When you can’t go far, you go deep. – BR. DAVID STEINDL-RAST

Oh, Di, you wrote: “…you don’t presume to know me. A gift beyond rubies!”

Isn’t that true?

Writing today, when across the ocean from me there are events taking place that I don’t know how to think about – much less talk about. I don’t have a perspective from which to add anything meaningful to what needs to be said – I don’t even know what needs to be said – or done – or witnessed. From the one view, I was and still am entangled in the privilege that has blinded me to other people’s realities. I was a complicit participant in the culture – but haven’t been for 27 years now.

To be clear: I haven’t been a participant of the culture – it does not, however, mean that I am no longer complicit in the problems of that culture. I know that.

So, as I write this, I hope you will keep in mind that I am fully conscious of the narrowness – the “whiteness”  – of what I am going to write about. I’m in no way trying to be reductive about the pain in the United States. Or anywhere else. I’m not claiming to have any perspective on a bigger picture.  I think that our stories are woven into something so large we can’t conceive of the whole.

I’m often at a loss of how to handle the truth of individual insignificance, and still be reverent of the individual.

And that was a weird little disclaimer to give myself permission to brood today, wasn’t it?

I was struck by your words: “you don’t presume to know me. A gift beyond rubies.” I have been thinking about the fact that maybe this is the greatest gift we can give anyone. Strangers, yes: to learn to live comfortably with  (or simply live with the discomfort) of the mystery of “the other”. To let it be. That is quite literally poetry, isn’t it? At least according to Keats. The negative capability necessary in human relationships is the opposite of prejudice.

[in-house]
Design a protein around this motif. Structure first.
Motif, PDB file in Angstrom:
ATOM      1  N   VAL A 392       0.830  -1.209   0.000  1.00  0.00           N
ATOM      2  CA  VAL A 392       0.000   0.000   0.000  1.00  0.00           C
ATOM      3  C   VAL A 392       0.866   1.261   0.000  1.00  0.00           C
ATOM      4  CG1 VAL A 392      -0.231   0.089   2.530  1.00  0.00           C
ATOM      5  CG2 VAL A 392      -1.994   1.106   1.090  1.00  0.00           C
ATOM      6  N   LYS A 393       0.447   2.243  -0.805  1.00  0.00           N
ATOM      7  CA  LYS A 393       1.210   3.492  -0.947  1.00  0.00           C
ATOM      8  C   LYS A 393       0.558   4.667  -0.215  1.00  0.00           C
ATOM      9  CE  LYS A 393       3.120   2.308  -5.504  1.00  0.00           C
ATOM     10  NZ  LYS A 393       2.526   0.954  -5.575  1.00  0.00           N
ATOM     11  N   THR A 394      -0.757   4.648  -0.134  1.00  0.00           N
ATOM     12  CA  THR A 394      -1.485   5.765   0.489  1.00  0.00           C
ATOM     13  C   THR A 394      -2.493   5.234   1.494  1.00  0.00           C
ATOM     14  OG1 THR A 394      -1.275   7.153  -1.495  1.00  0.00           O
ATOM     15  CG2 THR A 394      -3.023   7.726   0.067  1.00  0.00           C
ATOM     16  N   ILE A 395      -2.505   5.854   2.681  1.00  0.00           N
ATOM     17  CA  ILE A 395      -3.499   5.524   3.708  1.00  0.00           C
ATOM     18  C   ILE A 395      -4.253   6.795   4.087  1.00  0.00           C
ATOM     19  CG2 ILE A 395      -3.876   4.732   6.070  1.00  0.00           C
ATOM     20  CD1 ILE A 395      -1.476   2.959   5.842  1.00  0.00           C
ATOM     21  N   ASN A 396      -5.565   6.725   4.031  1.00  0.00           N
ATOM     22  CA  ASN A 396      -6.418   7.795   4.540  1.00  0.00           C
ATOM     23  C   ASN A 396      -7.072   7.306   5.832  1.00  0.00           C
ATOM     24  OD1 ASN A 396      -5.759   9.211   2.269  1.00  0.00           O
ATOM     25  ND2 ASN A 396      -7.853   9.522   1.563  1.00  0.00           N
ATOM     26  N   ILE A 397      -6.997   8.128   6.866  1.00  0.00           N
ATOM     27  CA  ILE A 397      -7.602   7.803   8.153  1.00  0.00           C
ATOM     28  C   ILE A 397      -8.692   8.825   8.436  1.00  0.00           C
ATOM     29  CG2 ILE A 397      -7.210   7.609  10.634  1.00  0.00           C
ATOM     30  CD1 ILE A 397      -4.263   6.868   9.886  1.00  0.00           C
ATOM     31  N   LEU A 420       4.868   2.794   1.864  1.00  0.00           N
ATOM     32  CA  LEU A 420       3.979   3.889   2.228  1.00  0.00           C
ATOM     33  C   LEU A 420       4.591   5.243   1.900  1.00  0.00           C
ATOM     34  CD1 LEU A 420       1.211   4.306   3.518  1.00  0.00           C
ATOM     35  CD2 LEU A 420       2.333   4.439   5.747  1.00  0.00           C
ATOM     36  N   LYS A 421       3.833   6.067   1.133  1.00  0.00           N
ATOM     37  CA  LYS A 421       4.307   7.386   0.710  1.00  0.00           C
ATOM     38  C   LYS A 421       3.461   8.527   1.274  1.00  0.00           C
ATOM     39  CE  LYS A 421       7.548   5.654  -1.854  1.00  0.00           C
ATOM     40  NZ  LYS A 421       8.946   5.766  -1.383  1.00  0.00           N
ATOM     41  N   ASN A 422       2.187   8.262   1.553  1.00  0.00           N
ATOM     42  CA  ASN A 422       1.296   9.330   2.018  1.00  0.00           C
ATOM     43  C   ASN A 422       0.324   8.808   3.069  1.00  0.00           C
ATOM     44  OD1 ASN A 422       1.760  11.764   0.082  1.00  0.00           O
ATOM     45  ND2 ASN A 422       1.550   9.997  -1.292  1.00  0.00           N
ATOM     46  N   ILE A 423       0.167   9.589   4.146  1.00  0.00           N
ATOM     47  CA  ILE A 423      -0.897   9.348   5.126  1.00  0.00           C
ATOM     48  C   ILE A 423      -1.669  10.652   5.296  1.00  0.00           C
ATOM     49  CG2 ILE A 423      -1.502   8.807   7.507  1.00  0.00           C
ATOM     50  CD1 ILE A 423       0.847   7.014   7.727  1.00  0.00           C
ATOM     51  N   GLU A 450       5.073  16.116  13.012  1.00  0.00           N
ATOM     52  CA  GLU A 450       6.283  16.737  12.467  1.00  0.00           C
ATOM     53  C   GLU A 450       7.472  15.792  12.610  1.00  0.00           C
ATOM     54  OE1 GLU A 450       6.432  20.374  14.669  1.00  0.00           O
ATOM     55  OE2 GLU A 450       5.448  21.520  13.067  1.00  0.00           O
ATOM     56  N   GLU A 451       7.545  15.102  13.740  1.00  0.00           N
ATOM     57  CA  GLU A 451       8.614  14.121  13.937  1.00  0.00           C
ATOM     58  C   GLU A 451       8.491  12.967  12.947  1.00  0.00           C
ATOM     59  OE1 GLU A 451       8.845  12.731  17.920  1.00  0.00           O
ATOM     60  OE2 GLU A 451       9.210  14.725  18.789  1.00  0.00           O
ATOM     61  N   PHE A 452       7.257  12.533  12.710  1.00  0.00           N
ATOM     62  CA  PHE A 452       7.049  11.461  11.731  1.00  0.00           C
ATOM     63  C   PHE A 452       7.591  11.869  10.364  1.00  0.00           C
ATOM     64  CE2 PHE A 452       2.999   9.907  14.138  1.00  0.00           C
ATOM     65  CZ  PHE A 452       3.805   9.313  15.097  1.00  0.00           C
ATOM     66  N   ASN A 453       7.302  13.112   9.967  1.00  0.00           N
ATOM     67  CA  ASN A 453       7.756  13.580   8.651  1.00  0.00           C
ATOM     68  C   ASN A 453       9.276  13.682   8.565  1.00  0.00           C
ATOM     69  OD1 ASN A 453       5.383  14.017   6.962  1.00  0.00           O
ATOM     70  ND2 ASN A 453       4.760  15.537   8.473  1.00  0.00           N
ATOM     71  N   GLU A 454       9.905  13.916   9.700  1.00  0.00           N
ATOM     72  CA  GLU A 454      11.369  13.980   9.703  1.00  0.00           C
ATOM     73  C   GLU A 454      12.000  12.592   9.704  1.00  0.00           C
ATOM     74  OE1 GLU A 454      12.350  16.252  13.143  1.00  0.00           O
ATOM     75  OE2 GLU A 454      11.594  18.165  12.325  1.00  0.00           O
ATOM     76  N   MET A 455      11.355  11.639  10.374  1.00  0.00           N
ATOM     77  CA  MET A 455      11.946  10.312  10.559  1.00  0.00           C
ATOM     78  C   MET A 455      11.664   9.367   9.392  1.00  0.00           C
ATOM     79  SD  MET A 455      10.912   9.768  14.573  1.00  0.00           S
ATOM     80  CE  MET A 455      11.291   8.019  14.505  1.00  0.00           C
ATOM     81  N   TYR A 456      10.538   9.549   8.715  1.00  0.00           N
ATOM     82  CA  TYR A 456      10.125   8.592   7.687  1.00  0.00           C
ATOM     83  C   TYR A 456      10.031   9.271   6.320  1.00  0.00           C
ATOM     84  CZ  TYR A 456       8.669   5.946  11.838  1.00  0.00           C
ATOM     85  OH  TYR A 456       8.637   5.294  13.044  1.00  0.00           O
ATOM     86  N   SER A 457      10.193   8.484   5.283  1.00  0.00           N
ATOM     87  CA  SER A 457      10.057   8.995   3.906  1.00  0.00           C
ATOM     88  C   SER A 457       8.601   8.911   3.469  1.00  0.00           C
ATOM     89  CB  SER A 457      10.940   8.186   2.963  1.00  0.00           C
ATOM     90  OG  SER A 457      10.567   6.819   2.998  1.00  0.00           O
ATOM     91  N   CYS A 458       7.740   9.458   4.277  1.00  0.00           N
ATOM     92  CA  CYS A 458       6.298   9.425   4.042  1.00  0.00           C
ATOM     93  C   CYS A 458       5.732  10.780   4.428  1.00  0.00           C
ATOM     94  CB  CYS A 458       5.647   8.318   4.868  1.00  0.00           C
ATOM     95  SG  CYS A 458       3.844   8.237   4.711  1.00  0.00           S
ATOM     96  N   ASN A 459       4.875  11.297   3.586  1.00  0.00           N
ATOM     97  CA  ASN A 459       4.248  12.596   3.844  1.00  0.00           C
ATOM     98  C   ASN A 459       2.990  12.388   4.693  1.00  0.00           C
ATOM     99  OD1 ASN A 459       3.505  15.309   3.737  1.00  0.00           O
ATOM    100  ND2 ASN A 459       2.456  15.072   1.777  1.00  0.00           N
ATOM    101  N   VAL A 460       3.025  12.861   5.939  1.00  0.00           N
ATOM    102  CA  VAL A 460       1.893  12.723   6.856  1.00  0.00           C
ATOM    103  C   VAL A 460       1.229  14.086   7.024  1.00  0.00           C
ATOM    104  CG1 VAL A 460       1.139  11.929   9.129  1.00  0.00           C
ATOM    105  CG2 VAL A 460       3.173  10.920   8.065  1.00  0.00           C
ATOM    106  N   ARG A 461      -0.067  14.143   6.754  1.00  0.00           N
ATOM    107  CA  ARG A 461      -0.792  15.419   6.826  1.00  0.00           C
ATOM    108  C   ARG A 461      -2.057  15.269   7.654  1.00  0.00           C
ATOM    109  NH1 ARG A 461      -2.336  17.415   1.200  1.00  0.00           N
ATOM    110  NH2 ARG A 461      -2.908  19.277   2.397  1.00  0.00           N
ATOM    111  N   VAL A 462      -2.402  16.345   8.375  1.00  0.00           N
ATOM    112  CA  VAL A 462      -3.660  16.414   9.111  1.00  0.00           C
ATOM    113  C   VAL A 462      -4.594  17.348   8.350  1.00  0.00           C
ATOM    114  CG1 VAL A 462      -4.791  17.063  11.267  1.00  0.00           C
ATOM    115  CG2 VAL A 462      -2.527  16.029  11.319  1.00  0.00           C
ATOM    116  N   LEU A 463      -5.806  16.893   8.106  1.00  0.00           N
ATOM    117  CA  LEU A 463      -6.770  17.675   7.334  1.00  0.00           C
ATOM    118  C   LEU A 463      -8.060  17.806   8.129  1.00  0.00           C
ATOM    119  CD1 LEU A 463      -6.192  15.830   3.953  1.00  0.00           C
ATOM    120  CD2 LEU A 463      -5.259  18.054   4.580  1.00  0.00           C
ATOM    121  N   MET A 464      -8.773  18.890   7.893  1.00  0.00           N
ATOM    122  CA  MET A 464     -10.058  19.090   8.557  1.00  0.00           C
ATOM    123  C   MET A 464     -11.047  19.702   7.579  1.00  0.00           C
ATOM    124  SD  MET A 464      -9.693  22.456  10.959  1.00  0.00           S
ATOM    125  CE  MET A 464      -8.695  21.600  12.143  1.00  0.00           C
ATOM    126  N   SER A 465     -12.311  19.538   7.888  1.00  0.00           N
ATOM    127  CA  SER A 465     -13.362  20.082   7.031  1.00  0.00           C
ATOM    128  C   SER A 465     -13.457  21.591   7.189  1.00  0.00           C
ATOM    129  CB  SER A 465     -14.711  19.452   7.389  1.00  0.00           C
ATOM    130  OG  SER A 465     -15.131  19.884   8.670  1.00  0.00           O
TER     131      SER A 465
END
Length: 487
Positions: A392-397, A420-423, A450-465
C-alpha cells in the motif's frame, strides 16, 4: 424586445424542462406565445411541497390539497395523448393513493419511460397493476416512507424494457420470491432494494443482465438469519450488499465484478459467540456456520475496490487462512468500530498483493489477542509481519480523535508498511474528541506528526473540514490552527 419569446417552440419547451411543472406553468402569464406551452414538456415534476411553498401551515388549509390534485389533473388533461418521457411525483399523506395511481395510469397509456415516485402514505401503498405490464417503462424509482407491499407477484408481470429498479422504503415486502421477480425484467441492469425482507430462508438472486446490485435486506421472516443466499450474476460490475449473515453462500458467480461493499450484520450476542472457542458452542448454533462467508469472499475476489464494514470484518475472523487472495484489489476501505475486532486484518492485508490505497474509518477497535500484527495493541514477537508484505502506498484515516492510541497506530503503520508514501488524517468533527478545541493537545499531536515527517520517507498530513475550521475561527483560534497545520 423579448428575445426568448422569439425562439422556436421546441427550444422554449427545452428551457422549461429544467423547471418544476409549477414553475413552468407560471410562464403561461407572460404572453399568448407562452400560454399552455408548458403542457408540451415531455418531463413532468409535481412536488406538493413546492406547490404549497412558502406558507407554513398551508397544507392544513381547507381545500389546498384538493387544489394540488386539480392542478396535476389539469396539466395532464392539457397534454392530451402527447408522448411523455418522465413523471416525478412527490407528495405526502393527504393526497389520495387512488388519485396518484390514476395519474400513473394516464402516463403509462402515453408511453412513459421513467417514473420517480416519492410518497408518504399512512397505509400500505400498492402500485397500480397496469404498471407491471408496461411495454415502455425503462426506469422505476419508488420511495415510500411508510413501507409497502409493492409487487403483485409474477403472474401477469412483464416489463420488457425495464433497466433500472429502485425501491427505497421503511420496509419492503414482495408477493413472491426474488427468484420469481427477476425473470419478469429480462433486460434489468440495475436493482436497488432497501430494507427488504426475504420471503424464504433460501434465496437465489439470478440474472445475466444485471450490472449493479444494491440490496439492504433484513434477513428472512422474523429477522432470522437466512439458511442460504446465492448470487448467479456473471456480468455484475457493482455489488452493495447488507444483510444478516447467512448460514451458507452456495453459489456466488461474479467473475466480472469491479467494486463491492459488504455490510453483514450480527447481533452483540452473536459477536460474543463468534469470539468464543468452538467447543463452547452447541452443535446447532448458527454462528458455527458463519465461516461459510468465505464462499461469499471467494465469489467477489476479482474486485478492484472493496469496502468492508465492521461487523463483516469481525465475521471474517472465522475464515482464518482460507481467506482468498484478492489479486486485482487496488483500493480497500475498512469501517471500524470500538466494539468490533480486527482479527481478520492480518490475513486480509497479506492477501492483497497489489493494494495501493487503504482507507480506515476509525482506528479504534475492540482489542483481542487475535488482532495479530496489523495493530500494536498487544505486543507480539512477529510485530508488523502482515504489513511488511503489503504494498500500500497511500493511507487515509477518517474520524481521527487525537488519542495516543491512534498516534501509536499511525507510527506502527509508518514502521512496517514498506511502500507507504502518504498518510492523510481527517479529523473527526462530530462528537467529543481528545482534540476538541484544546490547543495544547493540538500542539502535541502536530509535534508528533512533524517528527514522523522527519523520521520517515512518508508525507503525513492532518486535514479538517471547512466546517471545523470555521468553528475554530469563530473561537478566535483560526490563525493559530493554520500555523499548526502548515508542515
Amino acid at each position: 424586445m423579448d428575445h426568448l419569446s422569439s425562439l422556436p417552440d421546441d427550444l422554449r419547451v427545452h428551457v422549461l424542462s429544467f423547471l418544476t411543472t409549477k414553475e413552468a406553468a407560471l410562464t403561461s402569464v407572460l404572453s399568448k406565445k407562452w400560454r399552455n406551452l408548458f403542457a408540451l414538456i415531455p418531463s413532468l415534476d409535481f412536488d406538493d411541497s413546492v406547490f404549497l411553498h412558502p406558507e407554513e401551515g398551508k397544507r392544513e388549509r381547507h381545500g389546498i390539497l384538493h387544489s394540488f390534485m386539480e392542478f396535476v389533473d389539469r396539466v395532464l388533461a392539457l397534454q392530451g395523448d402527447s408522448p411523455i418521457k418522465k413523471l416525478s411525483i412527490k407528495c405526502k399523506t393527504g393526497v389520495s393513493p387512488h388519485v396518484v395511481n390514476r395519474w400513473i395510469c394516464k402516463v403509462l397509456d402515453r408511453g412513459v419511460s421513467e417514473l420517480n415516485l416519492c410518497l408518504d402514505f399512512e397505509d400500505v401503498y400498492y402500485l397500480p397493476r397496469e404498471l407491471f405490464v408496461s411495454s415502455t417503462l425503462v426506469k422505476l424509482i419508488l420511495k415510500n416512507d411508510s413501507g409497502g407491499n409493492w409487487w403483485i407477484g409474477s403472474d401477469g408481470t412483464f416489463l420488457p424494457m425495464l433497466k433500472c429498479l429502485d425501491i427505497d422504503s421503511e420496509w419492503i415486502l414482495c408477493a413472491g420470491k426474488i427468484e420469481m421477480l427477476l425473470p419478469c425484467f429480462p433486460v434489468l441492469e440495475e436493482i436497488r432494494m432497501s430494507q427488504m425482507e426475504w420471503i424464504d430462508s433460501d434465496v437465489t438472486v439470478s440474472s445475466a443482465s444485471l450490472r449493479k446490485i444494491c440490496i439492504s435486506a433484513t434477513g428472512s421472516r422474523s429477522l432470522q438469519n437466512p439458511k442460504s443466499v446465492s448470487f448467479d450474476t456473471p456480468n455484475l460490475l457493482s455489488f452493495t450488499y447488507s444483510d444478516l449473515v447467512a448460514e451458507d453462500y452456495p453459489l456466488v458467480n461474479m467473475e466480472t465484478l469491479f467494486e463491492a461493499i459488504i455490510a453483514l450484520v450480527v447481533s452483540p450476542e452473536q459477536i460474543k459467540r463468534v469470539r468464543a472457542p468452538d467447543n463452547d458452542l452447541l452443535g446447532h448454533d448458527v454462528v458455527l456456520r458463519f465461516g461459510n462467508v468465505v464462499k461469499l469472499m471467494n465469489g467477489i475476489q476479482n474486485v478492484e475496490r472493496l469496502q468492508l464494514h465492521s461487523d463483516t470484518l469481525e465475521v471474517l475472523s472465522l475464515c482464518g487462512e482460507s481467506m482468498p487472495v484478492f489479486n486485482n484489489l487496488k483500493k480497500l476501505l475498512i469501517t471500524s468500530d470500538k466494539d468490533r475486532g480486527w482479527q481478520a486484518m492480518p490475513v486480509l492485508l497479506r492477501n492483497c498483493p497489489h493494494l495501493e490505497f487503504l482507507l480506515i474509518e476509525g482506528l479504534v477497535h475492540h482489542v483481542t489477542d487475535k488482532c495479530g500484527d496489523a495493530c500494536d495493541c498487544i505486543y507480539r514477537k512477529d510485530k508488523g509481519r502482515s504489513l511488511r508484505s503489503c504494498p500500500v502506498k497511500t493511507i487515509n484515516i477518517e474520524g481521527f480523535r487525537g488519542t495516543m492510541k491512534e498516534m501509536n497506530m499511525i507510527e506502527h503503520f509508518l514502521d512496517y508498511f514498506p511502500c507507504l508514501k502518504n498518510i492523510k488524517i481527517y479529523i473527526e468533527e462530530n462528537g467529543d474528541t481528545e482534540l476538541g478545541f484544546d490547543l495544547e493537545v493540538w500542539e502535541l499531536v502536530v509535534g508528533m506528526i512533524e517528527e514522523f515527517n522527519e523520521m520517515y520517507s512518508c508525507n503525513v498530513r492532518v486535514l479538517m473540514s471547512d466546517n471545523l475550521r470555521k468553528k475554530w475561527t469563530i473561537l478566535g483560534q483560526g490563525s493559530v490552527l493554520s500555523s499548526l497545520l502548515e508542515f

And I suppose requires us to catch ourselves as we form our thoughts, as we interpret what we hear and see. It makes me laugh to think that my goal should not be to become a “good judge of character”. But rather, to allow myself – not to be child-like at all – but to suspend judgement: to stop, hold, wait. No wonder so many religious paths have a practice of abstaining from one thing or another. I guess, for me, the question is where the strength/faith to withhold judgement will come from.

I think about how it is actually easier to practice this kind of negative capability with strangers than it is with the people we love. We want to pin them down. Even when that means pinning them down as “good”. We feel safer “knowing” them. Secure in knowing who they are – and we are silly enough to think of their unexpected behavior as betrayals.